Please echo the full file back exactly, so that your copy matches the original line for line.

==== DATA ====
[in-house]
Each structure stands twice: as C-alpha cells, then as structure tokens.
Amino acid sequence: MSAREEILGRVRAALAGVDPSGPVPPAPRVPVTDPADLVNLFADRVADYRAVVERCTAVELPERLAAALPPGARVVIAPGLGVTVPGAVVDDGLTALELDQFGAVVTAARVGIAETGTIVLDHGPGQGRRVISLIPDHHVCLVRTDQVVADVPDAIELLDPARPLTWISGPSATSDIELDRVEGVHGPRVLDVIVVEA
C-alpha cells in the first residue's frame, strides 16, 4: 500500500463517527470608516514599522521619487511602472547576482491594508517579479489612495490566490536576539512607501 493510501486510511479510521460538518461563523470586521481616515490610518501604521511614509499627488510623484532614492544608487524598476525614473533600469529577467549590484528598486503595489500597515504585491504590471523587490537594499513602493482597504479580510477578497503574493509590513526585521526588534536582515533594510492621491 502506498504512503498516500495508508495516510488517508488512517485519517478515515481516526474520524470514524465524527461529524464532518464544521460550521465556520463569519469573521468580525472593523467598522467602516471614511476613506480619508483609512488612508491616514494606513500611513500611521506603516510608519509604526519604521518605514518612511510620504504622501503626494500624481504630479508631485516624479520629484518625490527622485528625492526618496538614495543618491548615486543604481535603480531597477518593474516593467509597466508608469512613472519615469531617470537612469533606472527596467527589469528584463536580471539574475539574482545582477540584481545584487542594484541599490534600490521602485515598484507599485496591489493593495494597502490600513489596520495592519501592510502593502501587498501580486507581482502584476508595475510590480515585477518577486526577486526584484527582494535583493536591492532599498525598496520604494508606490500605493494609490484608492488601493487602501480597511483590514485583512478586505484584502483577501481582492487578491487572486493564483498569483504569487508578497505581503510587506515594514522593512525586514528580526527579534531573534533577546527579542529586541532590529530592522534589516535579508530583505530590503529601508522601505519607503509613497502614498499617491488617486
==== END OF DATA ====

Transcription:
[in-house]
Each structure stands twice: as C-alpha cells, then as structure tokens.
Amino acid sequence: MSAREEILGRVRAALAGVDPSGPVPPAPRVPVTDPADLVNLFADRVADYRAVVERCTAVELPERLAAALPPGARVVIAPGLGVTVPGAVVDDGLTALELDQFGAVVTAARVGIAETGTIVLDHGPGQGRRVISLIPDHHVCLVRTDQVVADVPDAIELLDPARPLTWISGPSATSDIELDRVEGVHGPRVLDVIVVEA
C-alpha cells in the first residue's frame, strides 16, 4: 500500500463517527470608516514599522521619487511602472547576482491594508517579479489612495490566490536576539512607501 493510501486510511479510521460538518461563523470586521481616515490610518501604521511614509499627488510623484532614492544608487524598476525614473533600469529577467549590484528598486503595489500597515504585491504590471523587490537594499513602493482597504479580510477578497503574493509590513526585521526588534536582515533594510492621491 502506498504512503498516500495508508495516510488517508488512517485519517478515515481516526474520524470514524465524527461529524464532518464544521460550521465556520463569519469573521468580525472593523467598522467602516471614511476613506480619508483609512488612508491616514494606513500611513500611521506603516510608519509604526519604521518605514518612511510620504504622501503626494500624481504630479508631485516624479520629484518625490527622485528625492526618496538614495543618491548615486543604481535603480531597477518593474516593467509597466508608469512613472519615469531617470537612469533606472527596467527589469528584463536580471539574475539574482545582477540584481545584487542594484541599490534600490521602485515598484507599485496591489493593495494597502490600513489596520495592519501592510502593502501587498501580486507581482502584476508595475510590480515585477518577486526577486526584484527582494535583493536591492532599498525598496520604494508606490500605493494609490484608492488601493487602501480597511483590514485583512478586505484584502483577501481582492487578491487572486493564483498569483504569487508578497505581503510587506515594514522593512525586514528580526527579534531573534533577546527579542529586541532590529530592522534589516535579508530583505530590503529601508522601505519607503509613497502614498499617491488617486